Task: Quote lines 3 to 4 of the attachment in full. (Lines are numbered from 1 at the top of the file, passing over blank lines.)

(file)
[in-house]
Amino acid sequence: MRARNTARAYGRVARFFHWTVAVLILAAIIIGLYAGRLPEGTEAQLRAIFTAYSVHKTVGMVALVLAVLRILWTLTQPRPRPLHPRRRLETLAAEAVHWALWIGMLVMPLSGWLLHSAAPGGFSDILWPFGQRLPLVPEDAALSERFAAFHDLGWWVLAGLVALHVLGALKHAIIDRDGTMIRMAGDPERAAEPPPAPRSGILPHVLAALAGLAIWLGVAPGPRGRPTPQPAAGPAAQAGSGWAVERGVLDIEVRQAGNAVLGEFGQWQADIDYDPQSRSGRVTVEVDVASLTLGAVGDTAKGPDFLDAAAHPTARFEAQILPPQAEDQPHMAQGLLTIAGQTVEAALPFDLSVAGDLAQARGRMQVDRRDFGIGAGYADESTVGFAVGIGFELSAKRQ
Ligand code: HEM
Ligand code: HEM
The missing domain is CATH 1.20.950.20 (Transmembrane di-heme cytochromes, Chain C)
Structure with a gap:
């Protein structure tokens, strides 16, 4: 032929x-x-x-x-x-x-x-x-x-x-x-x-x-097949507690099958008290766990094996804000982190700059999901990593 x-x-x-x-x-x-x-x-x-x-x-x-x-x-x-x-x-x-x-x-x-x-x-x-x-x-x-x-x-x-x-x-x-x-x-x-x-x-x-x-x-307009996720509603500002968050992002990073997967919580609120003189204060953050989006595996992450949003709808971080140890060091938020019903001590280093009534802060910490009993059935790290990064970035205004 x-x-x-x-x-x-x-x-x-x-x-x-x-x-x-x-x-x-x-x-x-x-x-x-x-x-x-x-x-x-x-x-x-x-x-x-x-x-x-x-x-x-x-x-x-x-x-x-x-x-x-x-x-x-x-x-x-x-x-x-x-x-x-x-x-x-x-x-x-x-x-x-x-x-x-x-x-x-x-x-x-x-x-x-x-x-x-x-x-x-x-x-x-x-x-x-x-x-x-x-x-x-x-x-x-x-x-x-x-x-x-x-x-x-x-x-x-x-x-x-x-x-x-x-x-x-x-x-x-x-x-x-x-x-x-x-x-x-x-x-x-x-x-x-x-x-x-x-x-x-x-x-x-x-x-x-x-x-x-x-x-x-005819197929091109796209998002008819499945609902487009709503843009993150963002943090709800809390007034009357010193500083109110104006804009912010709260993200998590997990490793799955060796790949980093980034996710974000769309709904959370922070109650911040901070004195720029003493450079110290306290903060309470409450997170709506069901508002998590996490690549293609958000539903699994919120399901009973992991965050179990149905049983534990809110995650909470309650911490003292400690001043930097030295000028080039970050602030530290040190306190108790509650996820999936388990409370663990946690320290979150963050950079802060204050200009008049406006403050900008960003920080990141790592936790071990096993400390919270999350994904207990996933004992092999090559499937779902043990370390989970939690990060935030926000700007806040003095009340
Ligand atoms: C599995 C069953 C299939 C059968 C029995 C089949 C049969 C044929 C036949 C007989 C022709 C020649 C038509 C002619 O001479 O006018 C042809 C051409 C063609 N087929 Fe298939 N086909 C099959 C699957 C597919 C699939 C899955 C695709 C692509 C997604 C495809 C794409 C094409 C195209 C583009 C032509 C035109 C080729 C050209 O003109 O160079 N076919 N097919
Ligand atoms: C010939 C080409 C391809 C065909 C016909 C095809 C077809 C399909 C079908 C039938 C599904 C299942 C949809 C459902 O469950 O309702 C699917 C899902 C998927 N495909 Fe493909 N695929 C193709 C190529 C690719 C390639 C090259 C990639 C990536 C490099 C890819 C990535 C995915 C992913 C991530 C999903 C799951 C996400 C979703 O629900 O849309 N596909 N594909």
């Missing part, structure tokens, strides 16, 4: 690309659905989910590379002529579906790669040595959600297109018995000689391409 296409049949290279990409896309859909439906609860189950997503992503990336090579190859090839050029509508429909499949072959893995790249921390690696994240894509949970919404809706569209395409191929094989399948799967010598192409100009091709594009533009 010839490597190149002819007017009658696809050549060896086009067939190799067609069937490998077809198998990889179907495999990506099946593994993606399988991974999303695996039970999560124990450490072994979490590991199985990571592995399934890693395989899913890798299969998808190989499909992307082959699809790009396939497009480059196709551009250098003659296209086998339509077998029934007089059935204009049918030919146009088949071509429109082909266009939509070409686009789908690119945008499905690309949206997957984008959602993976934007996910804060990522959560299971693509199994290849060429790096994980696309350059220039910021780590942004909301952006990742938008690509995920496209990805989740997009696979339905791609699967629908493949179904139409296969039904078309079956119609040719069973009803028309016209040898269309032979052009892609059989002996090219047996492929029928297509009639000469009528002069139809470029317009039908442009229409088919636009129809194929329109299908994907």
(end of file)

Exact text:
Ligand code: HEM
Ligand code: HEM